Cartagena v. Martino-Villanueva, 8:22-cv-0842-KKM-SPF

CourtUnited States District Courts. 11th Circuit. United States District Court of Middle District of Florida
PartiesSORALIZ CARTAGENA and NELSON FIGUEROA, individually and on behalf of their child, J.F., a minor, Plaintiffs, v. MARIA MARTINO-VILLANUEVA, M.D.; KRYSTA FEE, CNM, WOMEN'S CARE FLORIDA, LLC, and SUNCOAST COMMUNITY HEALTH CENTERS, INC., Defendants.
Docket Number8:22-cv-0842-KKM-SPF
Decision Date04 August 2022

SORALIZ CARTAGENA and NELSON FIGUEROA, individually and on behalf of their child, J.F., a minor, Plaintiffs,


No. 8:22-cv-0842-KKM-SPF

United States District Court, M.D. Florida, Tampa Division

August 4, 2022


Kathryn Kimball Mizelle United States District Judge

Soraliz Cartagena and Nelson Figueroa, both individually and on behalf of their minor child, J.F., sued Suncoast Community Health Centers, Inc., Women's Care Florida, LLC, Maria Martino-Villanueva, M.D., and Krysta Fee, CNM, in the Circuit Court of the Tenth Judicial Circuit in and for Polk County, Florida, for medical malpractice and vicarious liability. These claims involve the medical care that Cartagena and J.F. received during J.F.'s birth at a Suncoast facility in March 2017. The United States removed the case, arguing that the exclusive remedy available to Plaintiffs as to three Defendants- Suncoast, Martino, and Fee-is against the United States under the Federal Tort Claims


Act (FTCA), given that the Secretary of Health and Human Services “deemed” them employees of the Public Health Service (PHS) by operation of the Federally Supported Health Centers Assistance Act (FSHCAA). See 42 U.S.C. § 233.

On March 30, 2022, this Court remanded to the Tenth Judicial Circuit because the United States failed to meet § 233(c)'s removal requirements. See Cartagena v. Martino-Villanueva, No. 8:21-cv-0547, 2022 WL 950945, at *5 (M.D. Fla. Mar. 30, 2022) (Mizelle, J.). Specifically, the United States initially removed this action after the HHS Secretary deemed Suncoast a PHS employee but before the Attorney General certified that Fee and Martino were acting within the scope of their PHS employment at the time of the incident. See Allen v. Christenberry, 327 F.3d 1290, 1296 (11th Cir. 2003). It was only after Defendants originally removed the action that the Attorney General provided the certification. Section 233(c), however, requires both a deeming by the HHS Secretary and a within-the-scope certification by the Attorney General prior to removal. See Cartagena, 2022 WL 950945, at *4.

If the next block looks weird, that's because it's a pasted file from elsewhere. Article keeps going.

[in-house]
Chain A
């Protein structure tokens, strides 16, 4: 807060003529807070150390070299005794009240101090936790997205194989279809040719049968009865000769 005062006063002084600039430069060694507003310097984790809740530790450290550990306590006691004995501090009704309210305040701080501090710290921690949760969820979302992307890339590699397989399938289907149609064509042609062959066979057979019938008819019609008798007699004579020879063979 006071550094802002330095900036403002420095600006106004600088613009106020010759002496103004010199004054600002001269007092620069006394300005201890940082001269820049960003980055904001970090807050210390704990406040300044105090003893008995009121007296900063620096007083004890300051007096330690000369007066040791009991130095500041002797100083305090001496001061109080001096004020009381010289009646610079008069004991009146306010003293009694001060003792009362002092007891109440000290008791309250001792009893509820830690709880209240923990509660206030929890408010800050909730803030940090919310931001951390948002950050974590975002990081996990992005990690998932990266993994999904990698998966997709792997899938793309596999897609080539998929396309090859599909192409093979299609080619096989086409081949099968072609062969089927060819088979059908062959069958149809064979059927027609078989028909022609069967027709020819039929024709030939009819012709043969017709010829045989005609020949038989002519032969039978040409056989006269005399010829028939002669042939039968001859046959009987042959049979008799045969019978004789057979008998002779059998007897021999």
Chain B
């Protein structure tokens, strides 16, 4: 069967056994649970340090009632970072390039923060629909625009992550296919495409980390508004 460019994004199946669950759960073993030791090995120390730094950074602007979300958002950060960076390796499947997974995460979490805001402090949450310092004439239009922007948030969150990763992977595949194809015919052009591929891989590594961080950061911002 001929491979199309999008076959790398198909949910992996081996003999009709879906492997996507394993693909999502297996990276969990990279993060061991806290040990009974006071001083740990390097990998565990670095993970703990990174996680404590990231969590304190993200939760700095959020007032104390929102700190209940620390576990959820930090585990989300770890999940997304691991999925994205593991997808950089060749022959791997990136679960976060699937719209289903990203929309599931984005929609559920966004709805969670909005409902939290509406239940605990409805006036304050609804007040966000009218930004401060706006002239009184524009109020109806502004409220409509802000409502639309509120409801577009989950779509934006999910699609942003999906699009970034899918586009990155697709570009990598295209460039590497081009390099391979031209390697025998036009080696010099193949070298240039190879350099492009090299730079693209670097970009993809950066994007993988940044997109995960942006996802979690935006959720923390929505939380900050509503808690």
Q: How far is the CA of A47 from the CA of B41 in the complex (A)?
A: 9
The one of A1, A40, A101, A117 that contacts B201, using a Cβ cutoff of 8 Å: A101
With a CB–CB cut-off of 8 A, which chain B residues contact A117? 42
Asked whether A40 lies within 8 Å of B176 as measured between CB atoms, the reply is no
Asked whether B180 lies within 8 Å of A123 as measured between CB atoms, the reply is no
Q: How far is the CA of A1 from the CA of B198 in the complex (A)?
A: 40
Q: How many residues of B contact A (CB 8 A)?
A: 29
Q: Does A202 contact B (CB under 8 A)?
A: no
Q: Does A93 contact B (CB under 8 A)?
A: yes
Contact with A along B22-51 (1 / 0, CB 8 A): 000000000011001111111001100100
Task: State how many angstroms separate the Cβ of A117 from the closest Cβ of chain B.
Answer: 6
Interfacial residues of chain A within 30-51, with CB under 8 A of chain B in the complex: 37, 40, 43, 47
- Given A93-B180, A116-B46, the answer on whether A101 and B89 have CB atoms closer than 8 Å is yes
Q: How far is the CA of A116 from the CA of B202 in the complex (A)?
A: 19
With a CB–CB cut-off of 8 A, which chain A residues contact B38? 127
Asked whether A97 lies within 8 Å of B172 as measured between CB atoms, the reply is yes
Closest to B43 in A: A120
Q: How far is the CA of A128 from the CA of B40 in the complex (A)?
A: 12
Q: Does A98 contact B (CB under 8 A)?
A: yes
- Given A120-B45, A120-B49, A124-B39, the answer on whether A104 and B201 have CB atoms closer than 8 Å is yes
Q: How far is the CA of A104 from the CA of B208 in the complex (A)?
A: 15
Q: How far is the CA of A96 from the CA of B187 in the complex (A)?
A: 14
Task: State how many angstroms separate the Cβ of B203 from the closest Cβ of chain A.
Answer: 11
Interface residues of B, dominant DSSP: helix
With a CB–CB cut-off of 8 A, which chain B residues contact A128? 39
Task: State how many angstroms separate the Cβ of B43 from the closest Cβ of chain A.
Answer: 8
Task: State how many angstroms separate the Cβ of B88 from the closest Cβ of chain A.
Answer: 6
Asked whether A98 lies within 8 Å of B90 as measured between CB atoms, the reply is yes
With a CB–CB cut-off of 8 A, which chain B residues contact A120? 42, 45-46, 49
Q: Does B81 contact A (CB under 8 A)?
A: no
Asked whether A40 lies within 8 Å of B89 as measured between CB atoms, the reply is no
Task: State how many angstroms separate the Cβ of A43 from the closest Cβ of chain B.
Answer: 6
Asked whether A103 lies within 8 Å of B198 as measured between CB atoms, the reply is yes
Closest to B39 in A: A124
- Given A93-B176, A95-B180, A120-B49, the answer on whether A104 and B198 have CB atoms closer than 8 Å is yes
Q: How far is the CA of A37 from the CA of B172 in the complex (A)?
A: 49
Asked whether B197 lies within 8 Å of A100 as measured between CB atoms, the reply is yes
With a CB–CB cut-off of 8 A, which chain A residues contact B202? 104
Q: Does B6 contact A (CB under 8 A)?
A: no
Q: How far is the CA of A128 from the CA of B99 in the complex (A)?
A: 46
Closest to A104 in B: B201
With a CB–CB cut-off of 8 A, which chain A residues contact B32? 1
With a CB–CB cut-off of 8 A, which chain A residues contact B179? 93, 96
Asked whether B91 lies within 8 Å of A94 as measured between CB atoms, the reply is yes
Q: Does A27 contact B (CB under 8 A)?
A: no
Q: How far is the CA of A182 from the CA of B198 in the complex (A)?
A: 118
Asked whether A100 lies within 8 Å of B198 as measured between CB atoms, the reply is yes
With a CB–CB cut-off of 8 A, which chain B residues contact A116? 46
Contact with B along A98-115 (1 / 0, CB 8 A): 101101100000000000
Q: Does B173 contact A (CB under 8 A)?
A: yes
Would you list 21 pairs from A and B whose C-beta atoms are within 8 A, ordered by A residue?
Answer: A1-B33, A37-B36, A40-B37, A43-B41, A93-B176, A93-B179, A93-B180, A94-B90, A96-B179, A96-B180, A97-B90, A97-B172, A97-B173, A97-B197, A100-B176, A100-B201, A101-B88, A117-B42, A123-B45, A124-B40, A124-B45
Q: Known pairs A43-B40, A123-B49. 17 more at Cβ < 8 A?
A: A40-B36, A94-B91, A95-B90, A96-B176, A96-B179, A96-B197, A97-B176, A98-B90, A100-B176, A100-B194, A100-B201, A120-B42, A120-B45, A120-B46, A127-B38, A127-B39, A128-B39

Following remand, the United States again removed this action, (Doc. 2), and again moves to substitute itself in the place of Suncoast, Martino, and Fee, (Doc. 5). Plaintiffs oppose the United States' motion to substitute, (Doc. 19), and again move to remand, (Doc. 18). Plaintiffs also move to stay the case and compel arbitration based on an agreement between Cartagena and the other defendant, Women's Care. (Doc. 17.) The


United States and Women's Care both oppose the motion to stay and compel arbitration, (Doc. 22; Doc. 23), and move to dismiss the action in its entirety, (Doc. 6; Doc. 7). Plaintiffs oppose these motions. (Doc. 20; Doc. 21.)